When Mike Becker received the frantic call on Tuesday that a gunman was threatening his family at the nearby Dollar General, he said he immediately took off with a handgun.
The Independence man ran to the store shortly before 6 p.m. and saw the gunman pounding on the glass door. Inside, his wife, 4-year-old adopted daughter and about 30 others huddled together, terrified, toward the back of the store. His wife hid the girl behind bags of dog food.
Becker said he put his body between those inside and the gunman.
“The only thing in my mind was my baby and wife,” he said. “There was no way the gunman was getting in that store.”
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When police arrived minutes later, witnesses said, Becker dropped his handgun, raised his hands — and then an officer with a rifle shot him in the hip.
The gunman Becker confronted was initially concealed from police behind a cooler, said Raymond Watts, 28. The Kansas City man said he was in a vehicle with his two children on 23rd Street near the store.
“I was figuring, ‘How the hell do they shoot him?’ He never pointed a gun at the cops,” Watts said. “He complied with everything they said ... and then you heard a pop.”
Gunfire then broke out between police and the gunman, who was wounded, said Watts and his girlfriend, Whitney Thomas of Raytown.
No officers were injured.
Thomas, 30, said she watched the entire sequence from inside the Dollar General. She was astounded that an officer shot Becker.
“His gun was on the ground,” Thomas said. “He didn’t have it in his hands any longer.”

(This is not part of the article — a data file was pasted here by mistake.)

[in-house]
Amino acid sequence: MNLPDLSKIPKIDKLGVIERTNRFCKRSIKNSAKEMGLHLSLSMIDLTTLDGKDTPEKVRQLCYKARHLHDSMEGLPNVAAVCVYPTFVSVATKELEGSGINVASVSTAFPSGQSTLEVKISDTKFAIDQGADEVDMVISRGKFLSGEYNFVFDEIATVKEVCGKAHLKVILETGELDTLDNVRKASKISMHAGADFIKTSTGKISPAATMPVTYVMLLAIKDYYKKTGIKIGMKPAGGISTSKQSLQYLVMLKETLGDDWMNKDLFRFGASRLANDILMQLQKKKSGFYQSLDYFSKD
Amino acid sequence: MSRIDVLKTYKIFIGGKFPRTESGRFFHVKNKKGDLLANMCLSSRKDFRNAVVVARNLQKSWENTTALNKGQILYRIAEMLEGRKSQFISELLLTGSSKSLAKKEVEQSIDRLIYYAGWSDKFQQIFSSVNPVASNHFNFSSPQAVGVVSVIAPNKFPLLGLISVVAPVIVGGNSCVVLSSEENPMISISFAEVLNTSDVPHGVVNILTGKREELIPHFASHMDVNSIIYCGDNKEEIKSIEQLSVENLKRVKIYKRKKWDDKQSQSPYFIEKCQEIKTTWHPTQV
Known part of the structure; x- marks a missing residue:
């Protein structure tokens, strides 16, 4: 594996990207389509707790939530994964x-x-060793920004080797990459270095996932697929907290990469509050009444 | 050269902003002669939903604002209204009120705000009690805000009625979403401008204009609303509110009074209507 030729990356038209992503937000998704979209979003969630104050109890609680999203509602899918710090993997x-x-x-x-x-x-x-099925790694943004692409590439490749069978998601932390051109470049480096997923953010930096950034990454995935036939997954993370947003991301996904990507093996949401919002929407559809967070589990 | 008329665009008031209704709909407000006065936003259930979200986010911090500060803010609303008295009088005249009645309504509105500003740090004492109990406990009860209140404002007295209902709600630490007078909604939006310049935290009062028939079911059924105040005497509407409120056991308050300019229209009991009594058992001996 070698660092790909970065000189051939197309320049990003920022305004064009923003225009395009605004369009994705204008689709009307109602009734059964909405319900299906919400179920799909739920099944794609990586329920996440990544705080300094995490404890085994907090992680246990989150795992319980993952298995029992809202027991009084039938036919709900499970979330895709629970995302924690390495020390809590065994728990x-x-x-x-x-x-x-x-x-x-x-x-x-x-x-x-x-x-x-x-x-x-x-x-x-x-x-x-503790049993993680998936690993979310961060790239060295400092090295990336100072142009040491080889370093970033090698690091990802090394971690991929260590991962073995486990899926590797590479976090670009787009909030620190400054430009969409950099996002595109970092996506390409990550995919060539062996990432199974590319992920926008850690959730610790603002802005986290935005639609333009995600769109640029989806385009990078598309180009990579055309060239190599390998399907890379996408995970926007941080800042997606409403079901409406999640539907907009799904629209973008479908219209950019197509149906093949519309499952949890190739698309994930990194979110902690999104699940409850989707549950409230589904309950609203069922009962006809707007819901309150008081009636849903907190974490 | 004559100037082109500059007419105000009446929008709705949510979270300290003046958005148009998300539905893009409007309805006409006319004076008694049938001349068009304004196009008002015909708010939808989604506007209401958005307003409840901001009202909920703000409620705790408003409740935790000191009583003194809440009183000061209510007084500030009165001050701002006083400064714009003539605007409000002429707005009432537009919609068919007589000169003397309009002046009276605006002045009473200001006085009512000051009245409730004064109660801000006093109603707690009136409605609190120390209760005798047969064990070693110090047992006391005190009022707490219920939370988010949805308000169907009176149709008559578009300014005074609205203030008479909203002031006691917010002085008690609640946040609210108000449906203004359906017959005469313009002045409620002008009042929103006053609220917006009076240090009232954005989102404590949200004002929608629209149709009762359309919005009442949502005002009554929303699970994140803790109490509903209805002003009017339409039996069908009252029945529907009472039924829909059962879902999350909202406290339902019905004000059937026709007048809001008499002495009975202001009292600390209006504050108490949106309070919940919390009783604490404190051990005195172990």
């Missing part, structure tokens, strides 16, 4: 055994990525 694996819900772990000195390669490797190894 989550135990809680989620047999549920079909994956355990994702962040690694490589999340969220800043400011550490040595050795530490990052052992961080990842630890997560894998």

Becker, recovering at home and hardly able to walk, declined to comment about the exact nature of the shooting, on advice of a lawyer.
But he said he heard four shots and felt a bullet hit him.
Becker’s wife, Amber Becker, said she did not see the shooting, but after it happened she said two women were yelling that police had shot an innocent man.
“They were telling my daughter that her dad was dead,” she said.
John Syme, a spokesman with the Independence Police Department, declined to respond to questions Saturday, saying he had no access to detectives. He pointed out it was still an open investigation.
The night of the shooting, Syme said that officers responded to the scene after a call about “someone armed with a weapon.”
“What we know right now is the two subjects who were shot were both armed,” Syme said.
A report obtained by The Star says someone was suspected of three counts of first-degree assault or attempted assault on a police officer. The suspect is not named.
Becker has not been charged, and the particular charges suspected by the department did not appear in a search of court records.
Thomas said that Becker didn’t resemble the description that she heard another Dollar General patron give a police dispatcher.
Becker is 31, heavyset and was wearing a black jacket. The gunman was described by Thomas as in his 50s, slender and wearing a green jacket.
“How do you confuse green with black?” Thomas said.
Becker said that rumors spread through the community, where he has lived all his life, that he had tried to rob the Dollar General.
Police “have been extremely tight lipped about it,” Becker said. “...That’s what upsets me about how the Independence Police Department handled this situation. They could have cleared me pretty quickly — that I’m not a suspect at least.”
Thomas added, “I understand as police you have to put your life on the line ... but to take it into your own judgment to shoot an innocent man when he didn’t fit the description?
“It makes me angry.”
After Becker was shot, Thomas said police handcuffed him and did not immediately allow Amber to go to him.
Amber said throughout the ordeal, she feared the girl the family had just adopted, who is an orphan, would lose her parents for the second time in her life.
At various moments, Amber was sure the gunman “was in the store. I thought my daughter was losing a second mother ... I thought she could lose her father.”